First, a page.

Baseball’s return is bringing some normalcy to players like Billy Minett.
The Yankees and Mets have finally started their 2020 Major League Baseball seasons, and many Catholic high school players as well as recent graduates like Minett have returned to the diamond this month for summer league baseball.
“There is some normalcy, but it’s not completely back to normal,” the graduate of Msgr. Farrell High School on Staten Island told CNY a day after the school’s commencement ceremonies were held July 25.
Players are happy to be back to baseball, even if that means conforming to Covid-19 rules set by teams and leagues. Being cautious may not always be enough as the Yankees game in Philadelphia was postponed July 27 after at least 14 Miami Marlins players and staff members tested positive for coronavirus. The Marlins played in Philadelphia before the Yankees and had used the visitors’ clubhouse, dugout and bullpen.
Minett began playing in early July with teammates from his Staten Island Orioles youth travel team in a men’s league on Staten Island. The 18-year-old catcher admitted to mixed emotions when asked about how safe he feels on the field. “I’m scared and I’m not scared at the same time,” he said.
Players and coaches must practice social distancing and are not shaking hands and giving high-fives, and the league slowly began allowing a limited number of fans to attend games.
“It felt awesome to put the cleats on and get back on the field. It feels great to be playing again,” said Minett, who will play at St. Thomas Aquinas College in Sparkill.
When Minett arrives at St. Thomas Aquinas, he’ll join other Catholic high school graduates from the archdiocese such as Angelo Baez, a graduate of Mount St. Michael Academy in the Bronx, and James Reilly, an alumnus of Albertus Magnus High School in Bardonia.
St. Thomas Aquinas’ season was canceled in March due to the pandemic, and the NCAA granted Baez and Reilly an extra year of eligibility. Both hope to be drafted by Major League teams.
Baez, who has one year of college eligibility remaining, is pitching for the Worcester Bravehearts in the Futures Collegiate Baseball League of New England.
Through July 26, the 21-year-old had a 1-1 record with a 1.35 earned run average and 27 strikeouts in 22 innings, good for second in the league, and his ERA ranks fifth.
“I feel grateful and blessed I’m able to play baseball this summer,” Baez said. “I don’t remember ever going four months without playing baseball.”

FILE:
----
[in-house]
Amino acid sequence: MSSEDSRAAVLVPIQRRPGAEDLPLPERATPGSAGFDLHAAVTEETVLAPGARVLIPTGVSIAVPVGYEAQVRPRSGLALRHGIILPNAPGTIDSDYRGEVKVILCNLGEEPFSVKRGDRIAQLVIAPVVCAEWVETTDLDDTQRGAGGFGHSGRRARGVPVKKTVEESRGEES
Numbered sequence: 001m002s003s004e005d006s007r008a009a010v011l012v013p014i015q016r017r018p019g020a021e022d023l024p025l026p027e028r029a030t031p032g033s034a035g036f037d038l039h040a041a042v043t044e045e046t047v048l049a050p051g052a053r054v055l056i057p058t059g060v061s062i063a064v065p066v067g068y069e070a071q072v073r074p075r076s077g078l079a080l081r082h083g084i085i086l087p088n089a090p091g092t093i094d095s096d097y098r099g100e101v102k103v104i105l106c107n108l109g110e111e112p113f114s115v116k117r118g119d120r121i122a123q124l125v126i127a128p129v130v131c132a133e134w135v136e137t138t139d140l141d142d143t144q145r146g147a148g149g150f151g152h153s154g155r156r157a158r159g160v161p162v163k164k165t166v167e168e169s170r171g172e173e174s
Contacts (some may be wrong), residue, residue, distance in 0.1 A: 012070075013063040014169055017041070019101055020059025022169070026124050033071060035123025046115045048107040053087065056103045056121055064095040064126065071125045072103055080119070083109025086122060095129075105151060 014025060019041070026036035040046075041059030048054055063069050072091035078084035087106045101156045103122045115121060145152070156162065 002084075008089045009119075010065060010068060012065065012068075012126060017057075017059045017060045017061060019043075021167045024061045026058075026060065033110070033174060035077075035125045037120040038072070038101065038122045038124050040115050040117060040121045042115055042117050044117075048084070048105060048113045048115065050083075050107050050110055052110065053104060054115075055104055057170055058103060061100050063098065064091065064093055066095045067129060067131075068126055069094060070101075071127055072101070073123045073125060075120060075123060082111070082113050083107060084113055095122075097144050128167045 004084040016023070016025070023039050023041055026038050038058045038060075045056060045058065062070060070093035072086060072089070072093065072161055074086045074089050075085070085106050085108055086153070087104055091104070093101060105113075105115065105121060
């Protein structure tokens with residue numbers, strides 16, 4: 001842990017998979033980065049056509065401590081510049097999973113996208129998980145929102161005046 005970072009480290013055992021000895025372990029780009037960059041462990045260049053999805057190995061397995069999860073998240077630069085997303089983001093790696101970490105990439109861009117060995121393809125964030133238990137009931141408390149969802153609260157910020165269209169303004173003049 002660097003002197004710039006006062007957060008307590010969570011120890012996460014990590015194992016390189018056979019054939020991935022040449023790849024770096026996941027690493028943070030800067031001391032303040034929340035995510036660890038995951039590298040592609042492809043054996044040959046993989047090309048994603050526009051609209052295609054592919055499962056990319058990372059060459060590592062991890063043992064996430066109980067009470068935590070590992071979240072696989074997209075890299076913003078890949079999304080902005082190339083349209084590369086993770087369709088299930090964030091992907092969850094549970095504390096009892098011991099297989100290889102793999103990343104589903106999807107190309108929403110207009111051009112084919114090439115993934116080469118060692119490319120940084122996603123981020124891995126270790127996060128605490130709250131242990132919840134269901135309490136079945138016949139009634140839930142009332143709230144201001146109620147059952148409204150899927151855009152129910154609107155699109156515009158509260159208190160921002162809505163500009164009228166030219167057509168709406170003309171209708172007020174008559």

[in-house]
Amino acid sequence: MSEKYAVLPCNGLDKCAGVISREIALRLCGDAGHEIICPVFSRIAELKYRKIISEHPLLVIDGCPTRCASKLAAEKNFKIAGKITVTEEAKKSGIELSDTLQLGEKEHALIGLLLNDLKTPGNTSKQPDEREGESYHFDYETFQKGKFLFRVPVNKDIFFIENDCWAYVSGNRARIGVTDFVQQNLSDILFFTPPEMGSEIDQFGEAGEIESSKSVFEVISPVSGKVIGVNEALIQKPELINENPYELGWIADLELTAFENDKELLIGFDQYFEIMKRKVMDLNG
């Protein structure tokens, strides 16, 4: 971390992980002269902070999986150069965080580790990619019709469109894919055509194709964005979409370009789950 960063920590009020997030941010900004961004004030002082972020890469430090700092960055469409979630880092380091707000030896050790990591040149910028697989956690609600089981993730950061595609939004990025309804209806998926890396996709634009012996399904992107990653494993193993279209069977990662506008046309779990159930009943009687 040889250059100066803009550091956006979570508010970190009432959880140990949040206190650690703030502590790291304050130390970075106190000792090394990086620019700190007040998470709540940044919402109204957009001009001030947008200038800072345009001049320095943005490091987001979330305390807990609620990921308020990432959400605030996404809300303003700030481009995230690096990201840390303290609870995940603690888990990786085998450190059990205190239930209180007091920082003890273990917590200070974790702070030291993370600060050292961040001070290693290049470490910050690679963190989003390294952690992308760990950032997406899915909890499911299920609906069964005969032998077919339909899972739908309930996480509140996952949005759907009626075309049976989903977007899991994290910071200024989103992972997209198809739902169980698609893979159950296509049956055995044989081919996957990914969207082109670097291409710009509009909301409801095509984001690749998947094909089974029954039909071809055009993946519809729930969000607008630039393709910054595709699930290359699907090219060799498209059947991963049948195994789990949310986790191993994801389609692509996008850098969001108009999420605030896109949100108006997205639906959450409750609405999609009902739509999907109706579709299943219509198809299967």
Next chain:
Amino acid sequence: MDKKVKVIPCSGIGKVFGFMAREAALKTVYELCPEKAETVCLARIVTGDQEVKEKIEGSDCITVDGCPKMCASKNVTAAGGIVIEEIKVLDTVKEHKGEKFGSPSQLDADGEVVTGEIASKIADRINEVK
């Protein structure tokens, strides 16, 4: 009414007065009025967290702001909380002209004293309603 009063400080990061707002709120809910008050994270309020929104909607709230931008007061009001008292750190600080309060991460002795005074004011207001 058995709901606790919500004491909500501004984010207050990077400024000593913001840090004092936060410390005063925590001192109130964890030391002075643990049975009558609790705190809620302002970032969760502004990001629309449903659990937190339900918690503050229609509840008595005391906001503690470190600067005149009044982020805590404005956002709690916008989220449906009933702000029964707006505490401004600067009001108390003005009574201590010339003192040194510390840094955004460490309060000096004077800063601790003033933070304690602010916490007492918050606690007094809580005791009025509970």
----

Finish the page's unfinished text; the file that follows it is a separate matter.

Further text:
Each team in the Futures Collegiate Baseball League has its own set of Covid-19 guidelines. Worcester, for instance, checks temperatures of players and staff before they enter the clubhouse and board the team bus for road games, and does not permit players to chew gum or sunflower seeds. Players must wear masks if they are not socially distant, six feet or more, from each other.
Fans are allowed to attend games with socially distanced seating, but players are not permitted to sign autographs, or give out baseballs or gear to fans. Players also cannot shake hands or high-five fans, umpires or opposing players before, during and after games.
“It’s different but I’m grateful to be playing baseball again,” Baez said. “I guess there will always be concerns, but at the same time the league and our team are doing a good job monitoring this and taking precautions. I think we’ll be fine.”
Baez said he’s happy to see the Yankees playing again and watched their July 23 season opener with Worcester teammates, including some who are New York natives.
Reilly, a 38th-round draft pick of the Seattle Mariners in 2016, is competing with the Rockland Pirates in the Hudson Valley Collegiate Baseball League, which is marking its 25th season in 2020.
“I missed being in the dugout and cheering for teammates from the bullpen or dugout,” the 22-year-old pitcher said.
“Getting back on the field…was very important to me. I want to come back in the fall in the best shape possible to show coaches I was being productive this summer.”
New for the 2020 season, players are practicing social distance and have the option of wearing a mask, and the home plate umpire is now calling balls and strikes from behind the pitcher’s mound. In the past, the home team brought the baseballs, but now both teams supply their own balls when they’re on the field.
Reilly, who has two years of eligibility remaining at St. Thomas Aquinas, is a Yankees fan but roots for the Mets pitchers, too. He said he expects pitchers to be ahead of the hitters for the first few weeks of the season.
He said he’s happy to watch live games on television and to be competing again. “I’m getting my life back now,” Reilly said.
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